This problem has many underlying causes. The first of these relates to perceptions about disarmament and nonproliferation: as expressed in a 2016 UNIDIR study on the gendered aspects of nuclear weapons, security issues generally are viewed as men’s territory. We know this because, in UN bodies dealing with humanitarian issues and development, there is near gender parity. The second relates to education and training: the importance of nonproliferation and disarmament education in advancing the goal of a world free of nuclear weapons is being recognized more widely by the international community. Nevertheless, opportunities to build capacity on these issues—learning how to think and not what to think about nuclear weapons—are still too few to meet our needs. As a result, women who might be interested in these topics are not sufficiently exposed to them; those who are may lack the resources to develop an expertise. These and other challenges must be addressed if we want to fix this systemic problem.
Why should this be our objective? There are a multitude of motivations, each of which should resonate with any state regardless of its security concerns or priorities. I will highlight only two: First, women and girls are disproportionately more affected by nuclear explosions from a biological standpoint. Ionizing radiation that is emitted by a nuclear blast has profoundly more severe stochastic effects on women’s bodies than men’s. This has been demonstrated by numerous scientific studies, including one which found that the rate of death from solid cancer for women survivors of the nuclear weapons attacks on Hiroshima and Nagasaki was nearly twice as high as that of men. In this respect, women and girls must have an equal say in determining the future of these weapons. While men can, and should, factor gender into the disarmament and nonproliferation agendas, women themselves must be a part of these conversations. Without adequate representation, this is not achievable.
Second, and in some ways more urgent, the problems of nonproliferation and disarmament are proving to be enduring. While US President John F. Kennedy’s nightmare of a world with twenty nuclear armed states by 1964 was averted in no small part by effective diplomacy, the international community continues to grapple with realizing the goal of a world free of nuclear weapons. In this respect, we cannot afford to exclude any creative voices from conversations about these issues. All people who can contribute to resolving this challenge must be empowered to do so irrespective of gender or, for that matter, nationality, race, sexual orientation, or any of the plethora of intersecting human identities. We are setting ourselves up for failure if discussions around nuclear weapons remain the purview of a select few.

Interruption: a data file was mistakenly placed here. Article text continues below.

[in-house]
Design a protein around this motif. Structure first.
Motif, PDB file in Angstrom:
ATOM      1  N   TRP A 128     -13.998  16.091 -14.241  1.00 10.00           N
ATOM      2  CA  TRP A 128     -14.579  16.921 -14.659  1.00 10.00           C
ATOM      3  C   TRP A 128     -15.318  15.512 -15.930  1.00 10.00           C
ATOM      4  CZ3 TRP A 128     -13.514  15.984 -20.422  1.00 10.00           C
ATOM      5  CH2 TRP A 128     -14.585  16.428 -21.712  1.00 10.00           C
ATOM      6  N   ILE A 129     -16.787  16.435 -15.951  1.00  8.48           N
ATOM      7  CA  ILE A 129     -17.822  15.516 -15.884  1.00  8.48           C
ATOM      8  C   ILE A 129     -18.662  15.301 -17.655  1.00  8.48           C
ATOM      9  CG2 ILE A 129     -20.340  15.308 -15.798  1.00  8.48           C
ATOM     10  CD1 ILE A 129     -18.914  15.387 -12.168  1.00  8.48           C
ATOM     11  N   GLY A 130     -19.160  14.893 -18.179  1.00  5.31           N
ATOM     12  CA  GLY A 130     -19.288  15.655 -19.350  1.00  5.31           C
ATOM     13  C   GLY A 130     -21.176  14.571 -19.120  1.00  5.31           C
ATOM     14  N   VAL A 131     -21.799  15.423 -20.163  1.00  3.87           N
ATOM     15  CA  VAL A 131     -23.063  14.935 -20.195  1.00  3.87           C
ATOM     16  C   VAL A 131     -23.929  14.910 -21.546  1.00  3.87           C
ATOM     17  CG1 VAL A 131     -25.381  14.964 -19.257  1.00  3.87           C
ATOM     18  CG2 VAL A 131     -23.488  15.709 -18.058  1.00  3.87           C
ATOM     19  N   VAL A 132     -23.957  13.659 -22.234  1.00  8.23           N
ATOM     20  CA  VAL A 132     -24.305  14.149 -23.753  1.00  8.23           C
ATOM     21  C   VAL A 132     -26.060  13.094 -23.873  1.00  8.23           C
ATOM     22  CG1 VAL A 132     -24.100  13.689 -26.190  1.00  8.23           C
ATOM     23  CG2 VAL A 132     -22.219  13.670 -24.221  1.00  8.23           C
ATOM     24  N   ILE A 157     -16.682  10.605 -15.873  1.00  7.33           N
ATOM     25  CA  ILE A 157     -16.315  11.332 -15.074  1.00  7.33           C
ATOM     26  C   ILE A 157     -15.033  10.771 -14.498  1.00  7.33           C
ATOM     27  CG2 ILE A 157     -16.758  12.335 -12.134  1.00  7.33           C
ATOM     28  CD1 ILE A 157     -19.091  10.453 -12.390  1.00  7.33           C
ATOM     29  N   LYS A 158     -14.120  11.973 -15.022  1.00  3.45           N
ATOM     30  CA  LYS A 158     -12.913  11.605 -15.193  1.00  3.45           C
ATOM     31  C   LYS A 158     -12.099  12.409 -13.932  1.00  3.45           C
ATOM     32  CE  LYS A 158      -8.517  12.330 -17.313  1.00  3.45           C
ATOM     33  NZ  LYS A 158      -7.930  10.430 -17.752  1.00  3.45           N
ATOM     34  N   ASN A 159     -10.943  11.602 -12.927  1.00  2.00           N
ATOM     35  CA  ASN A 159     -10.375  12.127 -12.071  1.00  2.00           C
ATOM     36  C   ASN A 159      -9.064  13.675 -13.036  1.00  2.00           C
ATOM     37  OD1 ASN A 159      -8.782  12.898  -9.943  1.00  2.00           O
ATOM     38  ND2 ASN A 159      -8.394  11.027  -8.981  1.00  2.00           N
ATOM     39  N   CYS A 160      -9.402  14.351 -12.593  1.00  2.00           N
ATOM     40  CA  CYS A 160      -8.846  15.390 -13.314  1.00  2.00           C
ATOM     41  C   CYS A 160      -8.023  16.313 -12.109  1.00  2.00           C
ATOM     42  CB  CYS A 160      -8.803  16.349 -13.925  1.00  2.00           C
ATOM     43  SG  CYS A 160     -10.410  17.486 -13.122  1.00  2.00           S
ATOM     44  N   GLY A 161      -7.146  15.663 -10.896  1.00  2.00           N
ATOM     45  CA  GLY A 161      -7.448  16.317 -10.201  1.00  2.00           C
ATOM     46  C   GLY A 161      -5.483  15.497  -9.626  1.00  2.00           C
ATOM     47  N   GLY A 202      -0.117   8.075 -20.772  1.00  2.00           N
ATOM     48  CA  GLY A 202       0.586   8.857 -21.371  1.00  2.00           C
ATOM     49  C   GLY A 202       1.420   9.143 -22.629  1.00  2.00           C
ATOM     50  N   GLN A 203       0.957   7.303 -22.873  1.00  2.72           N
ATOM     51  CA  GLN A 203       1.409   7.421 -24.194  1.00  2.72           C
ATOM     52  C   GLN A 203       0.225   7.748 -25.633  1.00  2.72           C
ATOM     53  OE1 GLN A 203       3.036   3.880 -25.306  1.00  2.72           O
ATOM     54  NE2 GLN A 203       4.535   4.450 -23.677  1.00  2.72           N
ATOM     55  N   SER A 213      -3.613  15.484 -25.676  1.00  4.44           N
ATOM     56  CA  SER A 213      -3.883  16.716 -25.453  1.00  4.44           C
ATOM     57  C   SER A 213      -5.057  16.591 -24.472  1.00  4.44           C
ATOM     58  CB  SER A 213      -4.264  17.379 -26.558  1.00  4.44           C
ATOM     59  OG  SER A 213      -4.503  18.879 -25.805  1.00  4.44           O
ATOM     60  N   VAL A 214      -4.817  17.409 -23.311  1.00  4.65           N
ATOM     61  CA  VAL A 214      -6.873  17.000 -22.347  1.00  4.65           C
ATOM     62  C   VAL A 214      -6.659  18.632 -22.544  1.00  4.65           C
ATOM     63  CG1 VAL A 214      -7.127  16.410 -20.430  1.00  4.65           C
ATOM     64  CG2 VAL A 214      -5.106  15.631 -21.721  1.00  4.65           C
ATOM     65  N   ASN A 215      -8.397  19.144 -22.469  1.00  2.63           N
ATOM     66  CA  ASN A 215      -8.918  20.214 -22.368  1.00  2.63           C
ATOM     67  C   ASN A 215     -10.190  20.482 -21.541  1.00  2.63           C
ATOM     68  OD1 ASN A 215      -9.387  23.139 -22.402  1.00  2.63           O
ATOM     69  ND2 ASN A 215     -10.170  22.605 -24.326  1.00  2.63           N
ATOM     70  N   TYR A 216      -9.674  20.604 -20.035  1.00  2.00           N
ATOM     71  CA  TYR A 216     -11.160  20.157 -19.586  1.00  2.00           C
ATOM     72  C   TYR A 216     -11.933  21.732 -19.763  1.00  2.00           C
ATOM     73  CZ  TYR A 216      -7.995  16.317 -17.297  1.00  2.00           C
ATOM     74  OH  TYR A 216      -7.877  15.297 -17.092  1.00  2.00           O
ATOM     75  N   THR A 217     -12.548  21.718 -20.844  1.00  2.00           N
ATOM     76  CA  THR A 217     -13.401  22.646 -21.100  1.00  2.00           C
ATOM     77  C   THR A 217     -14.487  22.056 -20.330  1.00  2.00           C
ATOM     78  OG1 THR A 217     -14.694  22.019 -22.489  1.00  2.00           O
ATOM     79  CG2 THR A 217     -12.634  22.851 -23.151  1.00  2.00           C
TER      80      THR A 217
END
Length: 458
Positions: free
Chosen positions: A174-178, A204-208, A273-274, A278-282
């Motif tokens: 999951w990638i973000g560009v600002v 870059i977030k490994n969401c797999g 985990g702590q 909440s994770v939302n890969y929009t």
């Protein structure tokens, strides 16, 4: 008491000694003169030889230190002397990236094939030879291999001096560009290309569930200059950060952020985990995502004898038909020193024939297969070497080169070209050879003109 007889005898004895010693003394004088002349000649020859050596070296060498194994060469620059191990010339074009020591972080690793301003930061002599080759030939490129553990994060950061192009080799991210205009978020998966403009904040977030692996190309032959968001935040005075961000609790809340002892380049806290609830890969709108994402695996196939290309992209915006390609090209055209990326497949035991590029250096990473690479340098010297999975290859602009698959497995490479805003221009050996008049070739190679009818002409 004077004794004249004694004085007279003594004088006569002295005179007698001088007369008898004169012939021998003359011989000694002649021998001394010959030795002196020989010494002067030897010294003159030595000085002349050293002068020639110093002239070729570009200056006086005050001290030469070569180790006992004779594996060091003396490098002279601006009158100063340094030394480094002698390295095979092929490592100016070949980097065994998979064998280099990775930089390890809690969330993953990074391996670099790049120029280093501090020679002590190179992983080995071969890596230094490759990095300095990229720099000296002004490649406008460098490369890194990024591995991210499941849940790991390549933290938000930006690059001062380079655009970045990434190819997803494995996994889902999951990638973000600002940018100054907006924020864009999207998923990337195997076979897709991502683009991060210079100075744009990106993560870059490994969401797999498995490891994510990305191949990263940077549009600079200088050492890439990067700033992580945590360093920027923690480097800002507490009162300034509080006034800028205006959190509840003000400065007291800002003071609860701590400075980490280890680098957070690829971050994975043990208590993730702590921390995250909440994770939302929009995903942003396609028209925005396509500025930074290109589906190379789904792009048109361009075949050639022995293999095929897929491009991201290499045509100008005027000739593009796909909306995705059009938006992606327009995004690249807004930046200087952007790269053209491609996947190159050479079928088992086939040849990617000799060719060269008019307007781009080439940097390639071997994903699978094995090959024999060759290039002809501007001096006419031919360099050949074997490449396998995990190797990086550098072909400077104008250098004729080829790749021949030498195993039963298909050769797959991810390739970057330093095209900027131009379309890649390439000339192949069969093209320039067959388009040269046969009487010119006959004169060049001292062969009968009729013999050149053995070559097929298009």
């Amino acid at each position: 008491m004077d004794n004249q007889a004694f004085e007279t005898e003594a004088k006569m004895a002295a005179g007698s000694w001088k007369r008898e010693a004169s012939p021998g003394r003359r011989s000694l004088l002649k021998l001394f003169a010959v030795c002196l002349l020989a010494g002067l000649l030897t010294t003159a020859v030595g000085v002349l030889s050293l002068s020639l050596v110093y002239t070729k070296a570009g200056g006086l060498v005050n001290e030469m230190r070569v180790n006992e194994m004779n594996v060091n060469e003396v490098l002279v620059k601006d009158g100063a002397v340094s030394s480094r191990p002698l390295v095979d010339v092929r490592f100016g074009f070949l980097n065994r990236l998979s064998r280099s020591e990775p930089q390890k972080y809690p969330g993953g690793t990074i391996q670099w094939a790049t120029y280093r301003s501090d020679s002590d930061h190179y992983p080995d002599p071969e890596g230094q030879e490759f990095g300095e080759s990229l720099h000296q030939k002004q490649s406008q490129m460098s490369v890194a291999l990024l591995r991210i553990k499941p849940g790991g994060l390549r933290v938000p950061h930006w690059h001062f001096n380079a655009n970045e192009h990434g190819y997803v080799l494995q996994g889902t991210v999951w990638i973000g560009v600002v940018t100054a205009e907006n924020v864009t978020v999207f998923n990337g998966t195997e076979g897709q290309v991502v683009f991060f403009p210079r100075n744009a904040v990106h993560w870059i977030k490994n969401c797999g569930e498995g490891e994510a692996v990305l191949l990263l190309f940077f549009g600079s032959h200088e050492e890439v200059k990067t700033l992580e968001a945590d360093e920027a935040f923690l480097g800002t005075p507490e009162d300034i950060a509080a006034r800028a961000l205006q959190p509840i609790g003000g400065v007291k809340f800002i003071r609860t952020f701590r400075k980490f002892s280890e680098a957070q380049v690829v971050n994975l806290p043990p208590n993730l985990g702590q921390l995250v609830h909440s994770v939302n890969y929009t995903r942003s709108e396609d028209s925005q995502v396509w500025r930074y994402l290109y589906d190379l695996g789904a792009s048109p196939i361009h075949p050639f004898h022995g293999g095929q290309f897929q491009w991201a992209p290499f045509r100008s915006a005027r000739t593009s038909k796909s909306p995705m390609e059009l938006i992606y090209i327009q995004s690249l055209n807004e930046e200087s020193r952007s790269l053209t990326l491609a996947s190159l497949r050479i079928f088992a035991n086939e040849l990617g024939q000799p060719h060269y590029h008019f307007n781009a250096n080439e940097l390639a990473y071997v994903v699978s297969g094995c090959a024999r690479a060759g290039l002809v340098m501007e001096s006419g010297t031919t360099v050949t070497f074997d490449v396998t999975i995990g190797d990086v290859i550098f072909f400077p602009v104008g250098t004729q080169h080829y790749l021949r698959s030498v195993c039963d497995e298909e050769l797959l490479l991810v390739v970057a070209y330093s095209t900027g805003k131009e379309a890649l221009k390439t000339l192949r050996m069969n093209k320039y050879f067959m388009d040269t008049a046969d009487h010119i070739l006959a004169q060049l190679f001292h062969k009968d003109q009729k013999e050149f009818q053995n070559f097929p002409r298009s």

With this as background, I have been very encouraged by the deliberate way in which the CTBTO has approached gender at its 2017 Science and Technology Conference. For example, the conference planners have made a conscious effort to avoid “manels,” a portmanteau of the words “men” and “panels” that describes presentations delivered entirely by male participants. This commitment was strikingly evident on the first day of the conference when six women experts from the scientific and commercial spheres discussed challenges to the IMS regime before a packed room. Similarly, the opening ceremony of the conference featured exclusively women keynoters. This conference policy is valuable because it makes the remarkable women authorities in our field more visible. It also provides tangible evidence of the Organization’s commitment to reaching gender parity. These optics are not lost on the many women members of the CTBTO Youth Group attending this year’s conference either, who can be confident that there is room for them to lead in this space.
The CTBTO’s approach to gender at SNT2017 is no accident. It is part of a larger commitment that the Organization has made to increasing the role of women in Treaty issues. Earlier this month, Dr. Lassina Zerbo, the Executive Secretary of the CTBTO, became a Gender Champion under the International Gender Champions initiative. In doing so, he became part of a network of senior leaders who have pledged to advance gender equality at their organizations. Upon joining, Dr. Zerbo instituted three new policies: First, to make working hours more flexible for new parents at the CTBTO; second, to create a shadowing program for students at a 4:1 ratio of women to men; and third, to involve more women in science-based diplomacy through the CTBTO Youth Group. These steps will help to address the two issues I identified at the outset. By creating workplace policies that make the CTBTO more friendly to women, the Organization makes it possible for them to rise to leadership positions. By providing channels for young women to become engaged with these topics, the CTBTO is helping to build a next generation of experts that is more balanced. By elevating women in concrete and visible ways, the CTBTO is addressing the existing gender disbalance in our field. It is also helping to establishing a new standard to which other international organizations and negotiating bodies dealing with nonproliferation and disarmament should aspire. As both a woman and a member of this next generation, I appreciate these efforts. It is changes like these will let me make my most valuable contribution to securing our collective futures.
Sarah Bidgood is one of the original members of the CTBTO Youth Group. She is also a research associate at the Center for Nonproliferation Studies in Monterey, California and a graduate of the Middlebury Institute of International Studies’ Nonproliferation and Terrorism Studies MA programme. The views expressed in this article are her own.
 Richard Sabatini, et al. “Undergraduate Nonproliferation Education in the United States.” The Nonproliferation Review Vol. 18, 2011.